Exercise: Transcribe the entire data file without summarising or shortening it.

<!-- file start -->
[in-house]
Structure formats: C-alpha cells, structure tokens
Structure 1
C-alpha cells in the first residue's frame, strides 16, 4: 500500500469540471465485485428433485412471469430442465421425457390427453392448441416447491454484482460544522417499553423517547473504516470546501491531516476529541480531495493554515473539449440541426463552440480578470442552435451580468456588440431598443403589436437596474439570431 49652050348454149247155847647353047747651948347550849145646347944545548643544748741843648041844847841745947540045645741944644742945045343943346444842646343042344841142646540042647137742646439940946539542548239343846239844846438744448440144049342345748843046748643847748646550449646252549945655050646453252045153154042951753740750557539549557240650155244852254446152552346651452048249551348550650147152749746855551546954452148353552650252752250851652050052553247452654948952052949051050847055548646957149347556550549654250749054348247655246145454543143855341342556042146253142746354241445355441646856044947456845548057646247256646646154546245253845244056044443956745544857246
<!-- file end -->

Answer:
[in-house]
Structure formats: C-alpha cells, structure tokens
Structure 1
C-alpha cells in the first residue's frame, strides 16, 4: 500500500469540471465485485428433485412471469430442465421425457390427453392448441416447491454484482460544522417499553423517547473504516470546501491531516476529541480531495493554515473539449440541426463552440480578470442552435451580468456588440431598443403589436437596474439570431 49652050348454149247155847647353047747651948347550849145646347944545548643544748741843648041844847841745947540045645741944644742945045343943346444842646343042344841142646540042647137742646439940946539542548239343846239844846438744448440144049342345748843046748643847748646550449646252549945655050646453252045153154042951753740750557539549557240650155244852254446152552346651452048249551348550650147152749746855551546954452148353552650252752250851652050052553247452654948952052949051050847055548646957149347556550549654250749054348247655246145454543143855341342556042146253142746354241445355441646856044947456845548057646247256646646154546245253845244056044443956745544857246